Chinese team's breakthrough may help fight deadly Mers virus

PUBLISHED : Wednesday, 30 April, 2014, 3:58am
UPDATED : Wednesday, 30 April, 2014, 6:31pm

Hong Kong and mainland scientists have identified two antibodies that could be "promising candidates" to help develop a treatment for Middle East respiratory syndrome (Mers).

The team, led by Tsinghua University researchers, is turning its experience from the severe acute respiratory syndrome (Sars) outbreak of 2003 to the new virus, which some fear could mutate and become even more deadly - although any cure for Mers remains years away.

Their research has found two antibodies - proteins produced by the immune system to identify and neutralise foreign objects - which bind effectively with the Mers virus and prevent it from entering host cells, cutting off the infection process.

The Mers virus may ... one day become as transmissible as the Sars coronavirus
Professor Yuen Kwok-yung

Team member Professor Yuen Kwok-yung, an expert in infectious diseases at the University of Hong Kong, said the results were promising at a time when the virus appeared to be spreading fast, with cases increasing since the middle of last month.

More than 300 cases of Mers - a coronavirus with similarities to Sars - have been diagnosed since it was identified two years ago, and 40 per cent have been fatal.

About 75 per cent of cases are from human-to-human transmission.

Scientists believe the virus may have spread from bats to humans via camels - much as Sars is thought to have spread to humans through civet cats.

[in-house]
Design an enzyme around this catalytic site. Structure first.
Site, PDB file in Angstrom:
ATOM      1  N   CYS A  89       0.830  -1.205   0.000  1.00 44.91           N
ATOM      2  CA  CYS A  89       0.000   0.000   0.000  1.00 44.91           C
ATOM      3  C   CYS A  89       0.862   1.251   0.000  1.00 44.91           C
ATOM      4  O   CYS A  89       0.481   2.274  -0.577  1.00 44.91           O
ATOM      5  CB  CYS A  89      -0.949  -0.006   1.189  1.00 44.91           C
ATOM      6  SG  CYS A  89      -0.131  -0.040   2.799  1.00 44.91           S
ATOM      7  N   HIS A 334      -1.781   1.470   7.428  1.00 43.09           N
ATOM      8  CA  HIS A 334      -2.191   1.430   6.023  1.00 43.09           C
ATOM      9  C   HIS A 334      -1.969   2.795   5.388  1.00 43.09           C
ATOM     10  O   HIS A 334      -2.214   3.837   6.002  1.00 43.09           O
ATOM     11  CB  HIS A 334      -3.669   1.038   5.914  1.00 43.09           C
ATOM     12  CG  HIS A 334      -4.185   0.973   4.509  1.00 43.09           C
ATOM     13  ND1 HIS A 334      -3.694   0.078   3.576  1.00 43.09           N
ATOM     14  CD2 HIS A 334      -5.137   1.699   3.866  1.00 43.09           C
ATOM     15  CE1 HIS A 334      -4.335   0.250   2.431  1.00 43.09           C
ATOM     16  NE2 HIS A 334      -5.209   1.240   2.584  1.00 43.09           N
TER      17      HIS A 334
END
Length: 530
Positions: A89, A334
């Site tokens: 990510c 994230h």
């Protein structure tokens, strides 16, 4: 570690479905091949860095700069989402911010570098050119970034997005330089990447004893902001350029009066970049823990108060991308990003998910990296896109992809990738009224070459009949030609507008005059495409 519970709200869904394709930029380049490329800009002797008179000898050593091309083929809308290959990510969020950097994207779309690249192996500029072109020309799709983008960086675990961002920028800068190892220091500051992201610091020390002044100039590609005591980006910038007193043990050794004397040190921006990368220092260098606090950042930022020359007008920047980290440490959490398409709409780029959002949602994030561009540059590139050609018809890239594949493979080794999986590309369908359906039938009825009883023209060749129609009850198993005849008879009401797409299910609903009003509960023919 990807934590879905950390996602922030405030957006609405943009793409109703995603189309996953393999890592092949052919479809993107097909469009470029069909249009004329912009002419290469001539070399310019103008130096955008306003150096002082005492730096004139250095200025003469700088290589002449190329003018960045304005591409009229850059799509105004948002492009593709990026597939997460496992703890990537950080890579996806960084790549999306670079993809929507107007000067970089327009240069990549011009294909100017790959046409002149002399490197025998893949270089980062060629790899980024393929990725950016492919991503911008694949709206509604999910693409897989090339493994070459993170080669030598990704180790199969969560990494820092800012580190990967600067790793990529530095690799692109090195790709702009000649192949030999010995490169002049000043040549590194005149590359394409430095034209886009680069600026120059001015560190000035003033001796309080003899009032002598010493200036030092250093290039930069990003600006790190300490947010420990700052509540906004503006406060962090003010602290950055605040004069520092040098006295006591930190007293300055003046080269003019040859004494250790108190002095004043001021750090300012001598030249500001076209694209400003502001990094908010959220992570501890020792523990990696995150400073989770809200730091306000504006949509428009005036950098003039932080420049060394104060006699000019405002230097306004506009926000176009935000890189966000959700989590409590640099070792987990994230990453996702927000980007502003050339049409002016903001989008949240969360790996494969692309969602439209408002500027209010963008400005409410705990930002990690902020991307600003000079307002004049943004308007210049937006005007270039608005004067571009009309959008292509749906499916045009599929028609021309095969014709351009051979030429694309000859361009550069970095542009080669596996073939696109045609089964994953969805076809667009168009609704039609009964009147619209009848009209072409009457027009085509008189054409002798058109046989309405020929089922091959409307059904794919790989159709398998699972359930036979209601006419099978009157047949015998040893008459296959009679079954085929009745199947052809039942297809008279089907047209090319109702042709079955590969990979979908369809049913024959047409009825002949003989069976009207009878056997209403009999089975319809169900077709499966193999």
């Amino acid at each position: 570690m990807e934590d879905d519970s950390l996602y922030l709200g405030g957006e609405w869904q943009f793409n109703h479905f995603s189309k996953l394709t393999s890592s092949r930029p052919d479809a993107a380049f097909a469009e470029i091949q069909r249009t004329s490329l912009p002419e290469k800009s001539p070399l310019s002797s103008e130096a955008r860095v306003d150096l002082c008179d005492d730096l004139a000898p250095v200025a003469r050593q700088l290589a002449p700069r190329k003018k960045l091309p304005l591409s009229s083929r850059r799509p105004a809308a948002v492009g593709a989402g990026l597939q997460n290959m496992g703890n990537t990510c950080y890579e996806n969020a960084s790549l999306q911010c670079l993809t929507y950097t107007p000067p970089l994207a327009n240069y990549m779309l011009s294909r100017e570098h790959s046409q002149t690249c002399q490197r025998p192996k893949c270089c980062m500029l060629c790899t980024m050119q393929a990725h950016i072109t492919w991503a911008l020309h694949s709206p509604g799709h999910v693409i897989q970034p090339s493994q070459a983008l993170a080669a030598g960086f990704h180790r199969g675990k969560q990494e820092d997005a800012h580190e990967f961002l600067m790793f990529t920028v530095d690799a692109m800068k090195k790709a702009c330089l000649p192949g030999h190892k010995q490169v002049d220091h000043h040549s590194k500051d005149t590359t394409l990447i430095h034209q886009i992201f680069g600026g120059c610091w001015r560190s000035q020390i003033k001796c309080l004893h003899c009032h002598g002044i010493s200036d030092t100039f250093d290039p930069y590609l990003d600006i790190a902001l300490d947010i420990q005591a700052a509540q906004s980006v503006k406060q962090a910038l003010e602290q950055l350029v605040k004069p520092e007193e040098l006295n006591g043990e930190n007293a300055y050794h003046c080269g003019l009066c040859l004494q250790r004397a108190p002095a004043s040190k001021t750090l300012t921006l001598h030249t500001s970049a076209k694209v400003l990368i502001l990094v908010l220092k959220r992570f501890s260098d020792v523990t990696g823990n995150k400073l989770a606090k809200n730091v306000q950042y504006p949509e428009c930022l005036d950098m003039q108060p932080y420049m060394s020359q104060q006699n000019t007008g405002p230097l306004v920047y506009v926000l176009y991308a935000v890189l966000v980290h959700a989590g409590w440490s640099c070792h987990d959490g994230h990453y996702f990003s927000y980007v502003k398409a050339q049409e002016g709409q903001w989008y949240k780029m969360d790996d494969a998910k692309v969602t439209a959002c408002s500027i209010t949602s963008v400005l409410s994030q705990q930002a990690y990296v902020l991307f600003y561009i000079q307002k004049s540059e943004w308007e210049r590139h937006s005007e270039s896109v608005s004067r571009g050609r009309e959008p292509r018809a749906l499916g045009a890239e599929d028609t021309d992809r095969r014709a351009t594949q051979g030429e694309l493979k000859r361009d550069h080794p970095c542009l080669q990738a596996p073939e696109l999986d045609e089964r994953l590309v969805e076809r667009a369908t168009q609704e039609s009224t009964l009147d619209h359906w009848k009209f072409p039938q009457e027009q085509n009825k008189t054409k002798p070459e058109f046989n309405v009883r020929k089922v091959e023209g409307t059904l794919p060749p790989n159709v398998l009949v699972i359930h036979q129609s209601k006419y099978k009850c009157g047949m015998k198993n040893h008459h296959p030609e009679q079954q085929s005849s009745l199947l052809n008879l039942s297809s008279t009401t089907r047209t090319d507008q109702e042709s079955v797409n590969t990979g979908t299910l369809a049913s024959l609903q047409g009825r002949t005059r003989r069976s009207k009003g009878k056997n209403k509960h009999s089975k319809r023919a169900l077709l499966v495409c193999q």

"If that is indeed the case, the Mers coronavirus may undergo further genetic changes and one day become as transmissible as the Sars coronavirus," Yuen said.

"Therefore we must prepare for this scenario before it happens."

Sars infected more than 8,000 people around the world over the course of nine months in 2002 and 2003. One-fifth of the cases and 299 of the 774 deaths were in Hong Kong.

The team discovered that antibodies could form the basis of an effective treatment through their research into Sars and the 2009 swine flu outbreak.

They studied antibodies from 58 people contained in a US "library" of human antibodies, by putting them together with the Mers virus. Two of them bound to the virus' surface protein.

Mers has not yet spread to Hong Kong, though local doctors have been instructed to watch for symptoms and tourists travelling to affected areas have been told to exercise caution.